Government under fire for wind farm subsidy move
Wind subsidy end ‘risks £3bn investment’ says Scottish Renewables, and could lead to a judicial review
The UK Government’s decision to close onshore wind farm subsidy scheme a year early has come under fire from the renewables industry and environmental campaigners.
Niall Stuart, Chief Executive of industry body Scottish Renewables said the move was “bad for jobs, bad for investment and can only hinder Scotland and the UK’s efforts to meet binding climate change targets”.
Scottish Renewables believes this decision could put around two gigawatts of onshore wind projects in Scotland at risk. These projects could provide the equivalent electricity demand of 1.23 million Scottish homes and significantly improve the country's energy security, while bringing around £3bn pounds of investment.
“Ending the Renewables Obligation, which projects already in the planning system are reliant upon, is neither fair nor reasonable and would effectively amount to a retrospective act from the Government," said Stuart. The Scottish Government has warned this could lead to a judicial review.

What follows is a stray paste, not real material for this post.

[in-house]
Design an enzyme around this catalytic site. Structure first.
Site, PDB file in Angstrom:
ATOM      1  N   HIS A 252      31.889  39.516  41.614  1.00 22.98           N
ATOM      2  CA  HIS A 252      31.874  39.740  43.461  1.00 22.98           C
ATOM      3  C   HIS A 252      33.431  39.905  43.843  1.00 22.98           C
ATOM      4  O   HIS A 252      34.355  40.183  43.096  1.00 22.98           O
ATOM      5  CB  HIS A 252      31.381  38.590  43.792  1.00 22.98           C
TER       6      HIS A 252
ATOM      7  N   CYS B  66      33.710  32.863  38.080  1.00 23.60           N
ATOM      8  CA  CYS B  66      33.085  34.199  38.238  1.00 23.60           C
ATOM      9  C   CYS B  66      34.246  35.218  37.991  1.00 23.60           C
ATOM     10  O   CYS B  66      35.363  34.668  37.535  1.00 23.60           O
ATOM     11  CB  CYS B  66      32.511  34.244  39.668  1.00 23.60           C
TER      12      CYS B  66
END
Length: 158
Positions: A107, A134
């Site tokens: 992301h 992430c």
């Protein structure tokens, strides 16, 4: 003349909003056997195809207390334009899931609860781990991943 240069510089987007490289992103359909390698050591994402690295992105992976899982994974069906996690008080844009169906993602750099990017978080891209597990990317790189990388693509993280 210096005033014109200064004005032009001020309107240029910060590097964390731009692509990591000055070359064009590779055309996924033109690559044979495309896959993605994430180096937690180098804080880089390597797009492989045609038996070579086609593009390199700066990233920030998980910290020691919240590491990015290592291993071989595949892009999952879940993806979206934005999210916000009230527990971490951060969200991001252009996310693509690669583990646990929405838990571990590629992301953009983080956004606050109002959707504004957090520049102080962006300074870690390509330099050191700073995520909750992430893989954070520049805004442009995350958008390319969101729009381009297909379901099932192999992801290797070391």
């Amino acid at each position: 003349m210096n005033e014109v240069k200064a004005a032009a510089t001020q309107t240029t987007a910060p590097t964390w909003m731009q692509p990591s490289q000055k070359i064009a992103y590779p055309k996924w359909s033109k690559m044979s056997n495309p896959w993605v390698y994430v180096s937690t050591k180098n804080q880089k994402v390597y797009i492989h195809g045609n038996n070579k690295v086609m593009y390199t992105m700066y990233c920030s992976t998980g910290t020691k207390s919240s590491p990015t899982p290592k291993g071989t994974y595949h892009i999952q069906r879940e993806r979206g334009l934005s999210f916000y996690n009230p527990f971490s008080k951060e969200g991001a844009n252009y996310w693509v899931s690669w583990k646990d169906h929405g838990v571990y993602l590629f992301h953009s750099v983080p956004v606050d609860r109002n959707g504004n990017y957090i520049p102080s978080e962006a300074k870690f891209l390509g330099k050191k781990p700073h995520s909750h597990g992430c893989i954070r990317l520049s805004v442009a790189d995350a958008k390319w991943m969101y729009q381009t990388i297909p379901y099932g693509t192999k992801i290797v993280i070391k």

WWF Scotland director Lang Banks said the decision damages Scotland’s clean energy ambitions.
"This decision is especially contradictory coming in the week that the European Commission warned that the UK is set to miss its 2020 renewables target. The UK Government must now set out plans to restore confidence to a nervous industry," he said.
Green MSP Patrick Harvie, a member of Holyrood's economy and energy committee, said the Government had made the decision to “appease the irrational climate change deniers on its backbenches”.
"To do so while committing to decades of funding for nuclear energy, giving the green light to new fossil fuel extraction and dragging their feet on demand management shows that their energy policy is stuck in the 20th century and failing to grasp the challenges and opportunities facing us today," he said.
Meanwhile an anti-wind farm campaigner told Holyrood via twitter: “There will be partying in the Glens. People will be able to live in peace, and environment protected from ruthless wind developers.”
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